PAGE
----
The Lamp is the newsletter of the Wilmette Institute. The Institute was established in January 1995 by the National Spiritual Assembly of the Bahá'ís of the United States to offer academic, professional, and service-oriented courses related to the Bahá'í Faith. The Wilmette Institute offers courses about the Bahá'í Faith that are at a university level of rigor and are often available for university credit. It is also interested in fostering Bahá'í scholarship; developing new, innovative curricular materials; creating courses on teaching the Faith that are of high quality; and refining Bahá'í concepts of pedagogy. It aims to produce teachers of the Bahá'í Faith of great capacity, capable of demonstrating Bahá'í truths in their lives as well as by their speech, and able to teach these truths to others.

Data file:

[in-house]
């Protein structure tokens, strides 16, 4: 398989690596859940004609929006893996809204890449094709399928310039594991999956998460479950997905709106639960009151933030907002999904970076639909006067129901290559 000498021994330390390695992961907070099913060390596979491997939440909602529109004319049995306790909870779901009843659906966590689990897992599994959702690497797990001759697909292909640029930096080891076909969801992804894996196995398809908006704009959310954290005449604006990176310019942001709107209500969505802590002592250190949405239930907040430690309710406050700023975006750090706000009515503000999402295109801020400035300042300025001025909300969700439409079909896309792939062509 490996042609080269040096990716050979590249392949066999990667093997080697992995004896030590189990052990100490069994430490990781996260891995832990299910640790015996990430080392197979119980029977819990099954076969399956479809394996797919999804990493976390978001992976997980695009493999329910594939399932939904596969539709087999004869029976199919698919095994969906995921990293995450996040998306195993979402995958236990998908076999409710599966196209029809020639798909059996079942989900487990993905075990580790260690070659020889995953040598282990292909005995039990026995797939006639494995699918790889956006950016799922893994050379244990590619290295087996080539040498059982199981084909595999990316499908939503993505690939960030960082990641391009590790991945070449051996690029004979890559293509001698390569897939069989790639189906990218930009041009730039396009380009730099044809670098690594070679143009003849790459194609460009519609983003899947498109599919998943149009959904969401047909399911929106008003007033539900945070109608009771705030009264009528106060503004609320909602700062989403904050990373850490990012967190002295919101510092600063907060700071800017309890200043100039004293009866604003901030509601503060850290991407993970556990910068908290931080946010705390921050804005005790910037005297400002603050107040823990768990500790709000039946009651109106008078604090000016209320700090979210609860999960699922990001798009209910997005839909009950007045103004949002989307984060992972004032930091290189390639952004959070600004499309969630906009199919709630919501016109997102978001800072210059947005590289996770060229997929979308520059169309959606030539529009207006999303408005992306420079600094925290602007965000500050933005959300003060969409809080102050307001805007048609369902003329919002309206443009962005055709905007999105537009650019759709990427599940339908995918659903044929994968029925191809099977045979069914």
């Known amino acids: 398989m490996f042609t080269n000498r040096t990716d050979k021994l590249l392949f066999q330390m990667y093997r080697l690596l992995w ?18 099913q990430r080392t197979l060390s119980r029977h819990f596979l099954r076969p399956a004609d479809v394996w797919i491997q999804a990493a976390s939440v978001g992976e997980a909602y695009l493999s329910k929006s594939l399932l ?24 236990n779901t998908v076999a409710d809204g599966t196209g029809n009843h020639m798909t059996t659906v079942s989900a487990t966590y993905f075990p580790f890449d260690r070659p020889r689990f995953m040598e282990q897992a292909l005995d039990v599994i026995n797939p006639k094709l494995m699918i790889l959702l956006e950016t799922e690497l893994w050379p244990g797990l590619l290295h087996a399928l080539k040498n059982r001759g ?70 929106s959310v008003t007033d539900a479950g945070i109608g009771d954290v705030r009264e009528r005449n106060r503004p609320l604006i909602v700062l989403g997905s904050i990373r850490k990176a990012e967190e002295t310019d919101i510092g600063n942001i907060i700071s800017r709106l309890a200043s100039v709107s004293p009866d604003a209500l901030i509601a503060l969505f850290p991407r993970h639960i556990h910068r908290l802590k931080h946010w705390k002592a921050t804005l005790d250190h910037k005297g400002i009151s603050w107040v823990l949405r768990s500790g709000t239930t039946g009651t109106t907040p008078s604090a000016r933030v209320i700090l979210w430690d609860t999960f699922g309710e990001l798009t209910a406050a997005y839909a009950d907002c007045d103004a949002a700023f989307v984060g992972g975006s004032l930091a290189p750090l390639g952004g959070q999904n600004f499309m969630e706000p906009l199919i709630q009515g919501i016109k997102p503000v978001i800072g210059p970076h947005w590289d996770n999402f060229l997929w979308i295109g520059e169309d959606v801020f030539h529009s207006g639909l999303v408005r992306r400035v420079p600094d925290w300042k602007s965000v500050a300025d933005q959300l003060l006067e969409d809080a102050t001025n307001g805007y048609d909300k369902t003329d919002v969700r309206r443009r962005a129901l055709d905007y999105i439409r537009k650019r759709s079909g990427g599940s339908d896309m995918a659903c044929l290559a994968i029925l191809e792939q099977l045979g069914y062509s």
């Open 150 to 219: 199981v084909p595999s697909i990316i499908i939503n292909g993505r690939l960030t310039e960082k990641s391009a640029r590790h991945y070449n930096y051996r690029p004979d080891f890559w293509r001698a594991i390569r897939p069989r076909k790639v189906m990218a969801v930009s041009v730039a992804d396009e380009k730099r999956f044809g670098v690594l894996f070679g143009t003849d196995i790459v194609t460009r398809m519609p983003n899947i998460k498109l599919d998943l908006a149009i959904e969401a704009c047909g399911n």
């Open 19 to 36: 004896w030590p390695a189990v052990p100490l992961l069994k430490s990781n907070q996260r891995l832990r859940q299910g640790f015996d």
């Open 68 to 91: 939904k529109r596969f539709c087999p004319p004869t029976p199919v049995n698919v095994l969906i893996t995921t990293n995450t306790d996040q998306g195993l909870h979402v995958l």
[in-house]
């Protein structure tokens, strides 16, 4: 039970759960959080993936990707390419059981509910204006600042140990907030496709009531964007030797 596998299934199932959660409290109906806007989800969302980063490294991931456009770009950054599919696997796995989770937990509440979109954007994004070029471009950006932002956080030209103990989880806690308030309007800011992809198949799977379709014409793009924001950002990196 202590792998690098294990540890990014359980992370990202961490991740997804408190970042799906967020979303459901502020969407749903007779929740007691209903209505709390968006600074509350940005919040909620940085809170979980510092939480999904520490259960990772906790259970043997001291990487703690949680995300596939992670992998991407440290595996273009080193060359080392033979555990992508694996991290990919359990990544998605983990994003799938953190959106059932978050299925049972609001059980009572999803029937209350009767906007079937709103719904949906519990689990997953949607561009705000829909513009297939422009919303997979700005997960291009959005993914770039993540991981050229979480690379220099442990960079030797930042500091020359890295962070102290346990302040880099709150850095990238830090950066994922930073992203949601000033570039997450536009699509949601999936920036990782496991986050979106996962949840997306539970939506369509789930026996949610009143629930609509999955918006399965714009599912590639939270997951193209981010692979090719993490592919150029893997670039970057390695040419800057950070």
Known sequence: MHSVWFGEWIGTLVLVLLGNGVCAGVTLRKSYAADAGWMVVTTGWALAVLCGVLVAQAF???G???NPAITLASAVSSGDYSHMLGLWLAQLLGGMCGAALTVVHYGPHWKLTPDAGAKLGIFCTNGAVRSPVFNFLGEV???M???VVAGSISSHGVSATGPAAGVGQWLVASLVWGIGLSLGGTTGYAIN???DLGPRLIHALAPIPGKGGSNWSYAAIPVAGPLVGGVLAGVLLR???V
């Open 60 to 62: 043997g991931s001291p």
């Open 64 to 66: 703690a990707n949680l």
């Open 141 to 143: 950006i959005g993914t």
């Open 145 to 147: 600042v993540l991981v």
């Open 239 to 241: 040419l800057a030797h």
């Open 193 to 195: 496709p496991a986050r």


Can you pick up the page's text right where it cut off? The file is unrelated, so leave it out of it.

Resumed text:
For more information about the Bahá'í Faith, the Wilmette Institute, courses offered by the Wilmette Institute, or registration for courses at the Wilmette Institute, please contact:
Wilmette Institute
536 Sheridan Road
Wilmette, IL 60091 * U.S.A.
Phone: (847) 733-3415 * Fax: (847) 733-3563

24-hour information line: (847) 733-3595

        The Lamp is produced bimonthly by the Wilmette Institute. Executive Editor: Robert H. Stockman.
        Subscription inquiries should be directed to the above address. All material is copyrighted by the National Spiritual Assembly of the Bahá'ís of the United States and subject to all applicable international copyright laws. Articles from this newsletter may be copied or republished by any organization, provided that the following credit is given: "Reprinted from The Lamp, the newsletter of the Wilmette Institute."